Furthermore, as Amazon approaches 600 brick-and-mortar retail locations across the US, (including Whole Foods Markets and its own retail stores like Amazon Books), we expect features like cashier-less checkout and personalized product recommendations to quickly shift shopper expectations for in-store experiences and drive mass adoption of these techniques across the retail industry. We’ve already seen other brands following suit with these techniques, such as Goodyear’s unique “Roll” stores, changing the game in an industry not typically known for a fun or personalized in-person shopping experience.  

5. Mainstream virtual reality 

Physical experiences won’t be the only new focus for brands frustrated by advertising ruts. In recent years, we’ve seen organizations like FEMA and The Weather Channel leverage virtual and augmented reality to educate audiences through the simulation of natural disasters. “In terms of storytelling, we know that we can change behaviors by combining the analytic side of the brain with the emotional side,” said Tony Silva, EVP, and head of the Social Change Group at Ogilvy. “We put them in this immersive storytelling where they can see it. It’s very real for them to see a community that looks like theirs underwater or to participate in clearing streets in this virtual environment.”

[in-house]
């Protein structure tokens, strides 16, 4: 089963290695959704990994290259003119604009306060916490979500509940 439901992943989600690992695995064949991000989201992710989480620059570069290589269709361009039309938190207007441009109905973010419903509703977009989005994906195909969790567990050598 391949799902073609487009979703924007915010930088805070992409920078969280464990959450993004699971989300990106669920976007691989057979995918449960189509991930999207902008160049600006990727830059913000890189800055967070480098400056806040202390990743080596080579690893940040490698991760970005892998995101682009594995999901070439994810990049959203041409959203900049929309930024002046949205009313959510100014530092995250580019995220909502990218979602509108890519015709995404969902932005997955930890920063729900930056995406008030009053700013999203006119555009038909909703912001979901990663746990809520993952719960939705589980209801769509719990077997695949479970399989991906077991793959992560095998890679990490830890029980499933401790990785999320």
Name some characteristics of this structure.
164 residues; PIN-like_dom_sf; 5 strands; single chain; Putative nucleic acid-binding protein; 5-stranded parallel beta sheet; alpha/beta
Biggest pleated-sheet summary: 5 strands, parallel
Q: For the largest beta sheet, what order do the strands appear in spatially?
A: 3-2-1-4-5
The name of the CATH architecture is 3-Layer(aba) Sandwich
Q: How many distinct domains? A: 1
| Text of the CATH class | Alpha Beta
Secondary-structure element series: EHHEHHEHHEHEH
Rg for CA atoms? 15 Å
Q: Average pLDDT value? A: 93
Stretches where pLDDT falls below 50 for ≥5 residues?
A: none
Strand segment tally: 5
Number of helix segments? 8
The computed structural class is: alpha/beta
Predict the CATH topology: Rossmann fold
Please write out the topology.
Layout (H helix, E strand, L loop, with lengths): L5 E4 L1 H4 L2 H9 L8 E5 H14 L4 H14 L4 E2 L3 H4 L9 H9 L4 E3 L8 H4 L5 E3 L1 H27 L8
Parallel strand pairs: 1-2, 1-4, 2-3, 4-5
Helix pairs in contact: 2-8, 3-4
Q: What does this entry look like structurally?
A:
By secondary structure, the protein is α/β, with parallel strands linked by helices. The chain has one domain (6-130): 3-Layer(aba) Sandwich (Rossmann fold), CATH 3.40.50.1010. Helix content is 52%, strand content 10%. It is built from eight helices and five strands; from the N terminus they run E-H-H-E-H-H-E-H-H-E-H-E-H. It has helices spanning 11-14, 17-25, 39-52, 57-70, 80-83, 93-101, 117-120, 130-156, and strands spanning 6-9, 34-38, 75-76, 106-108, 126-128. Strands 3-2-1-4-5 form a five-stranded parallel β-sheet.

Image of woman wearing virtual reality goggles.
 

As virtual reality devices become more affordable and widely-adopted by consumers this year, we expect other socially-conscious or educational brands to harness the power of immersive storytelling to create more memorable learning experiences.


6. Creative and useful voice strategies

In response to the mass adoption of home speaker devices in 2018, many brands have begun optimizing their websites for voice search by incorporating more natural language into page content (i.e. words and phrases people actually speak).

Image of Alexa device on table
 

But in 2019, I expect things to get a little more interesting, particularly since Google Home & Amazon Echo’s operating systems don’t run paid advertising (and according to recent earnings calls have no plans to). Whether that’s through developing voice-interactive games like HBO’s choose-your-own-adventure game “The Maze” (made especially for superfans of its show “Westworld”), or offering audio-centric “skills” such as Oral-B’s tooth-brushing timer, we’re excited to see brands find their voices this year as they dedicate more resources to audio formats.

The bottom line? Consumer trust and brand satisfaction will become the ruling currency in the coming year. Whether companies opt to build that trust through more transparency, public advocacy, physical experiences or virtual ones, it will call for creative informed by a clear understanding of brand values, audience motives, and contextual relevance.